By Harris Roberts
By Harris Roberts
Great brand strategy revolves around clearly articulating your differentiation against competitors. You must continually push these differentiators to customers. One of the best ways to achieve this is by aligning your branding with your unique value propositions.
The Blue Ocean Strategy Canvas advises that you compete on attributes that your competitors have failed to serve. For years high growth companies have entered markets by first catering to an underserved niche market. Netflix started by mailing cult classic films that you couldn’t get at Blockbuster, Vimeo focused on professional videographers unlike YouTube, and Tesla started making luxury vehicles instead of competing with electric low-end hybrids. This strategy of differentiation is key for disruptive start-ups and established companies.
It is important to communicate these differences to consumers. Branding is key to successful customer loyalty. To resonate with your customer, you have to speak their language. If you are targeting corporate clients, your branding and messaging should align with this persona. Your entire brand: logo, name, print, ads, web, and media should push why you are different and thus better than the competition.
Below are five examples of competing brands that have tailored their marketing to accentuate their differentiation to the consumer.
Traditional banks have many branches and were slow to create easy to use mobile apps. Simple has no branches yet they focused on their great mobile app at a time when most banks apps were clunky and cumbersome. Traditional customers valued services such as home loans, CDs, and bank tellers. Simple focused on younger more tech savvy customers and arguably created the first 21st-century bank.
Simple – All electronic consumer banking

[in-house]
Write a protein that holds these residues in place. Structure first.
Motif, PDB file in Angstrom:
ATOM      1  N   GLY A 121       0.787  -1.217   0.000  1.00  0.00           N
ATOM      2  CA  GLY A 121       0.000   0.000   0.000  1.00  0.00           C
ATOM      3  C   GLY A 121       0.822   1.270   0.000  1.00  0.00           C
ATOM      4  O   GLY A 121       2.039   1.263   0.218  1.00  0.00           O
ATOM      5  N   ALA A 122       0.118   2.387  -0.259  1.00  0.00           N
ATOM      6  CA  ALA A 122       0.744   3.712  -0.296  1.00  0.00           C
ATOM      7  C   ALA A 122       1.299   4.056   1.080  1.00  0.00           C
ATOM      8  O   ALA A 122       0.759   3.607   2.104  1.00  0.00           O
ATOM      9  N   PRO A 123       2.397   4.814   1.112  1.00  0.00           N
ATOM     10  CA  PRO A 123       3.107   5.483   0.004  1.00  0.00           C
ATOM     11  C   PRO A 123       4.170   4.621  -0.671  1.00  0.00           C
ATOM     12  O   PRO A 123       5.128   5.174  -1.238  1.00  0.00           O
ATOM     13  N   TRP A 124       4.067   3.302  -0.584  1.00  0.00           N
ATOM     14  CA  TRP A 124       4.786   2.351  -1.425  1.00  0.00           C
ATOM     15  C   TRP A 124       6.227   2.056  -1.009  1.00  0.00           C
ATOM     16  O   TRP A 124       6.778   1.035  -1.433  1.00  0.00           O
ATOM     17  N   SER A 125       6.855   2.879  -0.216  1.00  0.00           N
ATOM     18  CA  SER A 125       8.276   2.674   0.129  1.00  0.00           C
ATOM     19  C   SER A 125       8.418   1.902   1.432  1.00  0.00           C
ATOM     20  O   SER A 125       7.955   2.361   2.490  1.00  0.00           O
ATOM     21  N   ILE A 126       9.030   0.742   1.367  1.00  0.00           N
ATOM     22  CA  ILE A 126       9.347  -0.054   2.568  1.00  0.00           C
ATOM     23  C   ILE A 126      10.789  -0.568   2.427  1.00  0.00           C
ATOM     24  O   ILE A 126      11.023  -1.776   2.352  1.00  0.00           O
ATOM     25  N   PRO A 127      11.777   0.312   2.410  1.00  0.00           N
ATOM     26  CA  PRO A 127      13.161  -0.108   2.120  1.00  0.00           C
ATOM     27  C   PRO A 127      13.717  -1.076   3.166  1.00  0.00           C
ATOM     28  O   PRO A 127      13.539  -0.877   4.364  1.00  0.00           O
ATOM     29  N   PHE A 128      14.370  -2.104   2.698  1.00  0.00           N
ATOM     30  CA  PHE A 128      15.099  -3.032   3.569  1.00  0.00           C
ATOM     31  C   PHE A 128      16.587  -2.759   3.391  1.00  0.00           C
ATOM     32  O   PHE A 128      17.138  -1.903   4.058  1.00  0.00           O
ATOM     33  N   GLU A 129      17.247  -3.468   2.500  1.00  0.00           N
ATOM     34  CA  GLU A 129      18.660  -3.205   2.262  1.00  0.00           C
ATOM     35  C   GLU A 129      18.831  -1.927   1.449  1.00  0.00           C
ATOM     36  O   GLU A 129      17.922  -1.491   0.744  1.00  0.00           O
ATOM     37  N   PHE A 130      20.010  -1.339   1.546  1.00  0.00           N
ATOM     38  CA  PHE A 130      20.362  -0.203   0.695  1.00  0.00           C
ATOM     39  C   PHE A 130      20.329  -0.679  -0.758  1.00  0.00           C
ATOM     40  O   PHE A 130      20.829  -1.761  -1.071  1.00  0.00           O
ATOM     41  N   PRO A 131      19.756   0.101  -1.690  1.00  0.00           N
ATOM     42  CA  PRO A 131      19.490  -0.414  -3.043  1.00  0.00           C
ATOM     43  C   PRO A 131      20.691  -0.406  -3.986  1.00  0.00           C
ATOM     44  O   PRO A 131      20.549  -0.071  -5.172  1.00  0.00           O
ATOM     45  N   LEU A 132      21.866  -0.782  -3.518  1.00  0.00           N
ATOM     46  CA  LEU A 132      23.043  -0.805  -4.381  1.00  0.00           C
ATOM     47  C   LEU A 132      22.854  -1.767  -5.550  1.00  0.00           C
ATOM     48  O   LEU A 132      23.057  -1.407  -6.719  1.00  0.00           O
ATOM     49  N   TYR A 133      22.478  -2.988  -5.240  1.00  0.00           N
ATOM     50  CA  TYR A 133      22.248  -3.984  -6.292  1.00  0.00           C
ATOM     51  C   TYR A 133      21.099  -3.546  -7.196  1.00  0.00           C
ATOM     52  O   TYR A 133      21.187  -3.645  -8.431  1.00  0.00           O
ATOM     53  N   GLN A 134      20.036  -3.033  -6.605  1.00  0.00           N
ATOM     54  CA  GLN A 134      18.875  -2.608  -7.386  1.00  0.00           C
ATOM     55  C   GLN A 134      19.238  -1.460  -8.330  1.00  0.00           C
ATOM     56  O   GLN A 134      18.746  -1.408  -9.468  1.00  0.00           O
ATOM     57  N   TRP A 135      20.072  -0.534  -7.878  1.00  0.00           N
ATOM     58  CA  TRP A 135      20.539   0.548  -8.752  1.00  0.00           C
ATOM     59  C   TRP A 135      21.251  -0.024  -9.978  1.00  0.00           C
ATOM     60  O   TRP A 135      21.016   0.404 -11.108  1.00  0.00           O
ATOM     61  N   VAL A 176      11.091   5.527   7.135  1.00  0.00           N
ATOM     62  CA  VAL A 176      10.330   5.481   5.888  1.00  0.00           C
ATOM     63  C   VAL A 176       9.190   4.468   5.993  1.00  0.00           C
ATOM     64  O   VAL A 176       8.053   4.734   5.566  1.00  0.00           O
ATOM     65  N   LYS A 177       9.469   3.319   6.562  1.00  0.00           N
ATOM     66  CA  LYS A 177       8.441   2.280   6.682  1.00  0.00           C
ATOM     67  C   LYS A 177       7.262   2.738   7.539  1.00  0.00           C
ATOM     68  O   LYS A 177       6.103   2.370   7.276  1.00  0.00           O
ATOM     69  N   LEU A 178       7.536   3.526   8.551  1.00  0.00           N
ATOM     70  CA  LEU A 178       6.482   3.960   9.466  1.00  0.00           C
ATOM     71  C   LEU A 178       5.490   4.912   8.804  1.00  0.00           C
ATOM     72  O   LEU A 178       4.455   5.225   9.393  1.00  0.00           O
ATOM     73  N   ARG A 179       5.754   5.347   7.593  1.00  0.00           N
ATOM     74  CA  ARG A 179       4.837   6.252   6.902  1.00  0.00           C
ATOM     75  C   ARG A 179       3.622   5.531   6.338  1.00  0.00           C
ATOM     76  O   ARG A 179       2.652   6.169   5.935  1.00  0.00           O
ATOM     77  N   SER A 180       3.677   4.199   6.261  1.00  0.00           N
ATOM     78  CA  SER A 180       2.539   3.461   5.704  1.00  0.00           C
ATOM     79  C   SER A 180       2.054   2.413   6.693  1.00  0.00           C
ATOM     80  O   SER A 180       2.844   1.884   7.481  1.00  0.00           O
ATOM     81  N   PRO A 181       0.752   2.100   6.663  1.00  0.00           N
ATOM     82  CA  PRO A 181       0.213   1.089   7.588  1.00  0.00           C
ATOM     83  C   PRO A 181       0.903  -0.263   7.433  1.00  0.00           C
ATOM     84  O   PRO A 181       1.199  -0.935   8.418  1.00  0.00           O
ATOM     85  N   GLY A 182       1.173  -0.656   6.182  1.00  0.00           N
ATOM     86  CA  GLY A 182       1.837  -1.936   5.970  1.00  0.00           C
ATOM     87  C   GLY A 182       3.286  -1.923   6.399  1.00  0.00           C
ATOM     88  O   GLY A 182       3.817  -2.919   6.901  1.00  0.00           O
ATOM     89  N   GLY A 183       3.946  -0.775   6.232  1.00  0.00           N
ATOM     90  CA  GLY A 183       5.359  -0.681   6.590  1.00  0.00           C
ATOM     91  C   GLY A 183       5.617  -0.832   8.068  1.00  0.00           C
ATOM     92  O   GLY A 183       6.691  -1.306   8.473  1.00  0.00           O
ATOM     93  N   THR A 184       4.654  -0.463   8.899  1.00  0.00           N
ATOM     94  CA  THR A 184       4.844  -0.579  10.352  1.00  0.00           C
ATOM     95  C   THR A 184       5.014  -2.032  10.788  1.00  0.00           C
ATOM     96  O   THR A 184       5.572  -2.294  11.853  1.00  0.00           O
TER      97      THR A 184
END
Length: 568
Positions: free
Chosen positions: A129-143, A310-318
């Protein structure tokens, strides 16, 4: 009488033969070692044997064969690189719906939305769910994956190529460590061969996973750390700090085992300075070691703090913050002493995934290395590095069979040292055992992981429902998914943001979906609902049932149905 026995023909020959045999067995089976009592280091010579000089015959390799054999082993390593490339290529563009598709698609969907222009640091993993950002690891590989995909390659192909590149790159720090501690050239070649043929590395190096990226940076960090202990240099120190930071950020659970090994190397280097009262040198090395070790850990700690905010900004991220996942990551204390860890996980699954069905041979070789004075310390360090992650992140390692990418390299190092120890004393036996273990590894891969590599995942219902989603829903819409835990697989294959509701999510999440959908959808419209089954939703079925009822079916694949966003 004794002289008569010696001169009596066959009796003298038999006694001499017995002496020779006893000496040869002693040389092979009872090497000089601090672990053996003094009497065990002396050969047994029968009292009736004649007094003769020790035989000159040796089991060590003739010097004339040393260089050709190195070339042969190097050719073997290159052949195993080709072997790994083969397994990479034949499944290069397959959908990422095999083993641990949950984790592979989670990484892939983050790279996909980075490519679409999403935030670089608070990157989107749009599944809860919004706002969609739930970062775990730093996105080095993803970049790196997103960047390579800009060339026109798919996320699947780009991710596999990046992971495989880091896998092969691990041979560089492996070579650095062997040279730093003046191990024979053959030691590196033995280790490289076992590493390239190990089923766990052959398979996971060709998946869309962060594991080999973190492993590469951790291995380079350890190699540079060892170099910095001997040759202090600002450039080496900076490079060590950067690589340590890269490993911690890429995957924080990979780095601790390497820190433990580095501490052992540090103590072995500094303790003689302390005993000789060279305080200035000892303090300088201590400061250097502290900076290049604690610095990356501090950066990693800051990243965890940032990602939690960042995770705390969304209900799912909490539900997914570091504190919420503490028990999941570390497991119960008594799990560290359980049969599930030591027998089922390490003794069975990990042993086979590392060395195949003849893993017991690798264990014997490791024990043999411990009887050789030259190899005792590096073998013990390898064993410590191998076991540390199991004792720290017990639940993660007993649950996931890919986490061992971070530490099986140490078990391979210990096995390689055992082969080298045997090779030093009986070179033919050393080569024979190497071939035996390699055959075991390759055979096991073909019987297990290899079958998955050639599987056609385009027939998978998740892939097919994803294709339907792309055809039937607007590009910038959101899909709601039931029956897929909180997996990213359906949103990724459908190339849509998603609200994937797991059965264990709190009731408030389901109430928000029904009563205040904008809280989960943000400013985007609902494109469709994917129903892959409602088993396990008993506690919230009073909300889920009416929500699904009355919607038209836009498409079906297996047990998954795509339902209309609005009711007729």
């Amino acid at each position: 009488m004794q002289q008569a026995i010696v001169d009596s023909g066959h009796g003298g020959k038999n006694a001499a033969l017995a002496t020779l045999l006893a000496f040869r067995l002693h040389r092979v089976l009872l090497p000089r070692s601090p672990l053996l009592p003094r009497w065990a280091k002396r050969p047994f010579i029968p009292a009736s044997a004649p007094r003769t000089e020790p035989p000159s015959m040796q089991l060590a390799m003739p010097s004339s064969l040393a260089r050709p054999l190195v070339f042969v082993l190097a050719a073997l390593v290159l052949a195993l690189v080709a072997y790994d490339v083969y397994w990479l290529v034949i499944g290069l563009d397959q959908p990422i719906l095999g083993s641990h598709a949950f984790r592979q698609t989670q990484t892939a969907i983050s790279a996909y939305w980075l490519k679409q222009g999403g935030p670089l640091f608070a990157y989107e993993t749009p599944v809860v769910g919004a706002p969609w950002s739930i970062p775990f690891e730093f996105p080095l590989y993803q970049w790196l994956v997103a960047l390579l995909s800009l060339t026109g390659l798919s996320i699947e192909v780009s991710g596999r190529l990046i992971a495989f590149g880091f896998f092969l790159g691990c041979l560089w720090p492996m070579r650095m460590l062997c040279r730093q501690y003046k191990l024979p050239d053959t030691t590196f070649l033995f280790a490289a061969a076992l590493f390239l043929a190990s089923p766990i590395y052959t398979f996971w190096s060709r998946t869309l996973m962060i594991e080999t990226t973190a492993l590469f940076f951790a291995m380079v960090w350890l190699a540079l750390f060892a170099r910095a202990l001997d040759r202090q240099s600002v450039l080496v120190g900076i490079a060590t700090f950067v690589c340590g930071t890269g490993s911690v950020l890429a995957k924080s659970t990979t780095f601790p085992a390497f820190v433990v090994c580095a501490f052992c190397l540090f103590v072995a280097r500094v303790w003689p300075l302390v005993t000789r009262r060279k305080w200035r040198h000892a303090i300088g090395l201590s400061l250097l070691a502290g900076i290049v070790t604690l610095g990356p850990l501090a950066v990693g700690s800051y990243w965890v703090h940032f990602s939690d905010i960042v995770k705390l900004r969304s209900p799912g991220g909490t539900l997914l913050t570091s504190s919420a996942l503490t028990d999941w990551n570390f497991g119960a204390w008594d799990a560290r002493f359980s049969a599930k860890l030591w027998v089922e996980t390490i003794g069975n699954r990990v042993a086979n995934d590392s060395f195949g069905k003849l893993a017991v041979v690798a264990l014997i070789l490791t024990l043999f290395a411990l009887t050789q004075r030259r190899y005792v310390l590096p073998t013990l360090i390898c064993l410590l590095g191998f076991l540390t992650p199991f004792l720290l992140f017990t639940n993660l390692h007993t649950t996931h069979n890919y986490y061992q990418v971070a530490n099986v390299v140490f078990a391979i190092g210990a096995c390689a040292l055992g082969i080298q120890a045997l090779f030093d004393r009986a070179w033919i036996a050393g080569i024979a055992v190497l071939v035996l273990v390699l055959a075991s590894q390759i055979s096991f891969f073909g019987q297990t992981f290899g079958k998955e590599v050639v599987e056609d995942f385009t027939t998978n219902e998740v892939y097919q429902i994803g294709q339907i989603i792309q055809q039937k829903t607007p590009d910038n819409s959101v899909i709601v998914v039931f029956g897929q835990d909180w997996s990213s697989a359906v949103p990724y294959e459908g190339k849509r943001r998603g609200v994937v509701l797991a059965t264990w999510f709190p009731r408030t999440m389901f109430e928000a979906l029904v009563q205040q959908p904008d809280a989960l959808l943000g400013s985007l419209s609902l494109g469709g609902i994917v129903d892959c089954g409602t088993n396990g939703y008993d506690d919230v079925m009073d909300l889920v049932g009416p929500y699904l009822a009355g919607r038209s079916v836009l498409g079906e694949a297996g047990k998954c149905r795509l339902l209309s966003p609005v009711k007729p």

Bank of America – Second largest bank in the United States
Tesla decided to break into the electric vehicle (EV) marketplace with a luxury sports model. At this time, the electric vehicle market valued economy over form and function. Tesla decided not to compete with the Chevy Volt or Toyota hybrids and instead go after the high-end market.
As airlines like Delta stopped serving peanuts and reduced leg room Jetblue entered the market touting their gourmet snacks and extensive leg room. Though they did not have international flights or an extensive frequent flier program, they broke into the market focusing friendly service, snacks, and legroom. Every part of their branding pushed to communicate the hospitality and fun of flying, while big airlines like Delta continued to push their message towards business travelers.
For years, Taco Bell held the largest market share for fast food Mexican restaurants. Consumers looked to Taco Bell for years for cheap Tex-Mex food. Chipotle stormed the market by competing on quality instead of price. Chipotle differentiated with great branding. From clever jokes on their soda cups to the hip urban atmosphere the entire experience works to build brand equity.